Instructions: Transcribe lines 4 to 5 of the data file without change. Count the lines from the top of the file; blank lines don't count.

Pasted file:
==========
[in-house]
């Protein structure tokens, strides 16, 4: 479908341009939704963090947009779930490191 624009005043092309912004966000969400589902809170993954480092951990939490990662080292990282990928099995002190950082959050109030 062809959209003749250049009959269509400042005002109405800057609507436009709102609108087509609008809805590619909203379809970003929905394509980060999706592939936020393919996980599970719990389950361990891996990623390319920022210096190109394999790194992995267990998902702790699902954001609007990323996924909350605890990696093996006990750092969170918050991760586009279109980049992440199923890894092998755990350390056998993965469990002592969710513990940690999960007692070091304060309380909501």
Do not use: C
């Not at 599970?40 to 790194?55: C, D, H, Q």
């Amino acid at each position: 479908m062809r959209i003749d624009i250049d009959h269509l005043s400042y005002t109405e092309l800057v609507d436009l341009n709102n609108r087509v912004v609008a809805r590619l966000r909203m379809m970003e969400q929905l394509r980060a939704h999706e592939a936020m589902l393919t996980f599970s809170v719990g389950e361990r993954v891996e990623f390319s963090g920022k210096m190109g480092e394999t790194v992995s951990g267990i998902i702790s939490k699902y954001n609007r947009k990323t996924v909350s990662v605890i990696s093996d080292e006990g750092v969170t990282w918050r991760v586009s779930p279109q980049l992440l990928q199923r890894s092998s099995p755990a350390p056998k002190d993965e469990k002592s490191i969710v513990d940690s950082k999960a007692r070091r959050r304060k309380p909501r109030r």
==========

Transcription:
């Not at 599970?40 to 790194?55: C, D, H, Q």
């Amino acid at each position: 479908m062809r959209i003749d624009i250049d009959h269509l005043s400042y005002t109405e092309l800057v609507d436009l341009n709102n609108r087509v912004v609008a809805r590619l966000r909203m379809m970003e969400q929905l394509r980060a939704h999706e592939a936020m589902l393919t996980f599970s809170v719990g389950e361990r993954v891996e990623f390319s963090g920022k210096m190109g480092e394999t790194v992995s951990g267990i998902i702790s939490k699902y954001n609007r947009k990323t996924v909350s990662v605890i990696s093996d080292e006990g750092v969170t990282w918050r991760v586009s779930p279109q980049l992440l990928q199923r890894s092998s099995p755990a350390p056998k002190d993965e469990k002592s490191i969710v513990d940690s950082k999960a007692r070091r959050r304060k309380p909501r109030r």